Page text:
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Dr. Jason LakeFeb 29, 2020 11:54:09 AM6 min read

Now we know what a force plate does, how do we use it?


Jason LakeAs promised, this is the second part of a series intended to provide a gentle introduction to using force plates to inform your day-to-day practice.


First, I think it bears repeating that you do not absolutely need a force plate to maximize your athletes’ performance. Additionally, if you haven’t read my first article you can find it here.

However, by providing you with a clearer understanding of what the force plate can provide I hope to enable a more informed decision.


The briefest of gentle refreshers…

We now know that whenever you send that signal to your muscles to move during ground-based tasks the change in force is recorded by the force plate.

Mark Jump

In the first article, we used the old ‘squatting on a bathroom scale’ scenario. Briefly, stand on a bathroom scale and it will show you your weight (your standing still force). Squat down and your weight will decrease until you arrive at the lowest squat position where your weight will return to its original value; stand up and the additional force that’s required to overcome your body weight will result in the scale weight increasing. Remember that the force plate is essentially a very accurate bathroom scale that will typically record changes in force one thousand times a second.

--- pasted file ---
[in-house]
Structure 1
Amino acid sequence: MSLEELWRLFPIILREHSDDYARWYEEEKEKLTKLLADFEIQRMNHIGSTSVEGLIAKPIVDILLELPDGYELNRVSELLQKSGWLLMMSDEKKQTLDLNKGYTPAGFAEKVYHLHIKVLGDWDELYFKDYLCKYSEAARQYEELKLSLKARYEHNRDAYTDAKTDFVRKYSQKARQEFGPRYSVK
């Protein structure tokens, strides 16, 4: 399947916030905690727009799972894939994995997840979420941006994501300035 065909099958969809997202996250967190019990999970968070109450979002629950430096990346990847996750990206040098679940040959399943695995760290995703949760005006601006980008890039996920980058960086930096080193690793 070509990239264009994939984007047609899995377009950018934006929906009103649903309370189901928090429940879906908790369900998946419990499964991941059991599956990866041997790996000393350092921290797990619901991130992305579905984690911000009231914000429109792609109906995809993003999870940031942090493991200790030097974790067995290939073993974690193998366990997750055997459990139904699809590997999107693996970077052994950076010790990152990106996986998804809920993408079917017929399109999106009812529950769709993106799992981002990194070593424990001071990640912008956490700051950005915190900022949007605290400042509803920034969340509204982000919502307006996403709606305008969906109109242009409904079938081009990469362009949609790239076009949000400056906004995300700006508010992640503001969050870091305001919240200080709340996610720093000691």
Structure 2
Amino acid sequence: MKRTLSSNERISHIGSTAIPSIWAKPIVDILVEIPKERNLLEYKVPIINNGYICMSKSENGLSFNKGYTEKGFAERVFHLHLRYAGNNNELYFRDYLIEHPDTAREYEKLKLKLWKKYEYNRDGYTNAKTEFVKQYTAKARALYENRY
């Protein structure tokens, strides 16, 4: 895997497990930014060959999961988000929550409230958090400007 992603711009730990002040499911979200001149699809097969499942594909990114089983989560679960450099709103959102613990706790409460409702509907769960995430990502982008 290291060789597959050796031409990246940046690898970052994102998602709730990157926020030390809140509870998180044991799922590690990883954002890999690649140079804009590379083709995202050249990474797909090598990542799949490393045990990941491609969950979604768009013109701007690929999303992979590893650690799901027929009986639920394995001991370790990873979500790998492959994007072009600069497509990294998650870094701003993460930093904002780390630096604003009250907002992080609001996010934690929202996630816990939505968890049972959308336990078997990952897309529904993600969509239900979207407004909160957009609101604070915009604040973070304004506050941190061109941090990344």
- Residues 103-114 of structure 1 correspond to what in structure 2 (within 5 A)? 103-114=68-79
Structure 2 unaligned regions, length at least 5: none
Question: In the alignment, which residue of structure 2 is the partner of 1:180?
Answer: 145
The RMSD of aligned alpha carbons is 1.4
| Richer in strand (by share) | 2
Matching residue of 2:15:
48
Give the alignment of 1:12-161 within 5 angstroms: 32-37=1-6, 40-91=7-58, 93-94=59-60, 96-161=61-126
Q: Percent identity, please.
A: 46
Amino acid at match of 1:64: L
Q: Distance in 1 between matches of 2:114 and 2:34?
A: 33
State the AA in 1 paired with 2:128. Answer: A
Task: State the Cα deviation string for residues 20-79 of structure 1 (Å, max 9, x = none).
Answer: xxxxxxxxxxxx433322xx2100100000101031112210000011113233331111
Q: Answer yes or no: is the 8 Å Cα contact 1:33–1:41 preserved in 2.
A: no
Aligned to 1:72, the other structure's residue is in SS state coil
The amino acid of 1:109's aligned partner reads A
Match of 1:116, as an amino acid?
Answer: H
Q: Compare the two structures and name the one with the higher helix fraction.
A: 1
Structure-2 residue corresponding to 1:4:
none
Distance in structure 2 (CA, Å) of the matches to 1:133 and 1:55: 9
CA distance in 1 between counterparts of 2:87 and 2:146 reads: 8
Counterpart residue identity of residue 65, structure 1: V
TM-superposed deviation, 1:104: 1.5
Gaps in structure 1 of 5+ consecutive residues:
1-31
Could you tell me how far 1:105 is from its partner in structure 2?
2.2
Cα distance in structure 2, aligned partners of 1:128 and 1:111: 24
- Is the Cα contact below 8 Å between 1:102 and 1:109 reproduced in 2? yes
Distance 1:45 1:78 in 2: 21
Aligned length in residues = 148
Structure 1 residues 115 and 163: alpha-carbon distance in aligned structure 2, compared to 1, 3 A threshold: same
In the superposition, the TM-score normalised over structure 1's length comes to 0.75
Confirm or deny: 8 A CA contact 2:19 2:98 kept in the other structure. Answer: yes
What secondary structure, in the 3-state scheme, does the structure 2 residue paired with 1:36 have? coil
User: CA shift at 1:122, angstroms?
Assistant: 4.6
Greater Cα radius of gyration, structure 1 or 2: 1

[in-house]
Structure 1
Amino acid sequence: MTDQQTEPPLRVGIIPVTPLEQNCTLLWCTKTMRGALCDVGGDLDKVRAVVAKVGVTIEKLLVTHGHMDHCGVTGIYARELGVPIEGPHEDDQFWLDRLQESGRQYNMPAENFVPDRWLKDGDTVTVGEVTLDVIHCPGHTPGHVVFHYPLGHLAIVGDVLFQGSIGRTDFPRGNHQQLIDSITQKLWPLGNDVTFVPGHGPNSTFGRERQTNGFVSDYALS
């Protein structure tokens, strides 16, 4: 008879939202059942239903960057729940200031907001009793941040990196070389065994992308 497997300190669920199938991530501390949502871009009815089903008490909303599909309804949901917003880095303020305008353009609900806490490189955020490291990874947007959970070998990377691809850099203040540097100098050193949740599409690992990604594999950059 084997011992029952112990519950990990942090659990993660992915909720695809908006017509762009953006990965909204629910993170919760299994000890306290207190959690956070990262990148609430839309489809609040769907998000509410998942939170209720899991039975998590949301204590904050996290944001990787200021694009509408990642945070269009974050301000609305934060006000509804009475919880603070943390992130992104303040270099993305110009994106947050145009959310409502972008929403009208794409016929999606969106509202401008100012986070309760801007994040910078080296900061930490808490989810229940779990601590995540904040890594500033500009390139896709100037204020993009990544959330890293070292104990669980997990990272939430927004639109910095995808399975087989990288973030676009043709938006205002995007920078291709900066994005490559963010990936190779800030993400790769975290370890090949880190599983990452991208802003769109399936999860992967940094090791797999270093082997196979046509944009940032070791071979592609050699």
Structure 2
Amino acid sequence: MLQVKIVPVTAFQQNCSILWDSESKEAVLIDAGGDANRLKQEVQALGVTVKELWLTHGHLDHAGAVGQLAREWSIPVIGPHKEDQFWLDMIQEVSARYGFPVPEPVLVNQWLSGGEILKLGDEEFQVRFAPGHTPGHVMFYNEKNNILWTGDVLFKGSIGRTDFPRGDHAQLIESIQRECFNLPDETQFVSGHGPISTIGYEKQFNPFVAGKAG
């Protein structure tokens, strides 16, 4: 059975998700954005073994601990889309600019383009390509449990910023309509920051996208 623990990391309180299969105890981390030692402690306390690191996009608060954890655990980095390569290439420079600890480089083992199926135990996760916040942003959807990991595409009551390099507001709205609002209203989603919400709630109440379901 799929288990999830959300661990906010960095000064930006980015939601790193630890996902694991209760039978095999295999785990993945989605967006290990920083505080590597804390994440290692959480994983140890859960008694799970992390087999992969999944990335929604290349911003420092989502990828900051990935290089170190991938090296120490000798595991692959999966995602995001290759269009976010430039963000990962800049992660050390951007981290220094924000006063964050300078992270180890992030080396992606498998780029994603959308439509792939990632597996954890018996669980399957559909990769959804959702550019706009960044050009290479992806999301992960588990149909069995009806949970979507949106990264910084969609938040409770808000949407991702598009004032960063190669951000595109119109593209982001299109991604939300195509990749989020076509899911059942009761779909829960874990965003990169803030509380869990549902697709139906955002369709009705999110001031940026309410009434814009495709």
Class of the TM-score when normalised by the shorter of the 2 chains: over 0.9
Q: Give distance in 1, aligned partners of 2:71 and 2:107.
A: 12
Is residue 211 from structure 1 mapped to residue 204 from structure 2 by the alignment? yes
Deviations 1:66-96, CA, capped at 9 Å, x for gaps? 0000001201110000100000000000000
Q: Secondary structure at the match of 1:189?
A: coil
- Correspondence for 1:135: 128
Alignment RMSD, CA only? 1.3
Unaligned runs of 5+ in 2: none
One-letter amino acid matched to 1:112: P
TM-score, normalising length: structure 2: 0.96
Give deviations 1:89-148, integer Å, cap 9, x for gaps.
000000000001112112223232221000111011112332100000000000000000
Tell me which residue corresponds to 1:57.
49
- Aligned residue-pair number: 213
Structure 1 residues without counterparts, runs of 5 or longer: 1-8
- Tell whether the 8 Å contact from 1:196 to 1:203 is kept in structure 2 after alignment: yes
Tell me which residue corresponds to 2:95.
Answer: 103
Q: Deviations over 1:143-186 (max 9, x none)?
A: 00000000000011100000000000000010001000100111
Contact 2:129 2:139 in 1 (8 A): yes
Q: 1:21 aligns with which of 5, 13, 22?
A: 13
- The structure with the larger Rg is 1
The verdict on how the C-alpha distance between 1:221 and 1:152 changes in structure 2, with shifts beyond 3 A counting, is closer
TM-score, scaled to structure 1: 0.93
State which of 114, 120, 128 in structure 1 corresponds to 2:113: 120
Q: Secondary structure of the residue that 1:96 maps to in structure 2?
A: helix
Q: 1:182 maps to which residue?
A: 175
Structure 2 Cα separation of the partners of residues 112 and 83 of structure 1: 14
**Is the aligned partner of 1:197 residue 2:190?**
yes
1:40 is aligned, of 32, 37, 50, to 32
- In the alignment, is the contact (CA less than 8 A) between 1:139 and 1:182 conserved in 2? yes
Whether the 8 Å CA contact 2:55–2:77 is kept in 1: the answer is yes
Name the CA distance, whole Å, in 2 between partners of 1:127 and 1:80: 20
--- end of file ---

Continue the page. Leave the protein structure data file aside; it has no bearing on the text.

Also, remember that the driver for human movement is impulse, force (how hard you push against an object) multiplied by time (how long your push against it for).

And how can this help you?

I think that the easiest way to demonstrate how the force plate can help inform your day-to-day practice is to work our way through a typical neuromuscular assessment scenario and there’s no simpler test to start with than the vertical jump. We’ll begin with the countermovement vertical jump (CMJ).


In addition to probably being the most popular force plate-friendly test (and probably the most misused and abused), we’ll use it as a simple model to help demonstrate how we apply force to perform fairly simple tasks.

With a bit of luck, I’m hoping that this article will help clear the somewhat muddy waters that vertical jump force plate testing often bathes in.

Why vertical jumping?

This is a pretty appropriate, sensible even, question to start with, and as mentioned in the last section it’s because it provides a fairly simple model that we can use to demonstrate how we can apply force over time to move in a particular way.

The other major factor of course is that the vertical jump sees the athlete accelerate their mass by rapidly extending the hip, knee, and ankle joints (the fabled triple extension). This is relevant because it mimics many elements of sports performance, both in terms of the athlete having to accelerate their mass and by achieving this with triple extension.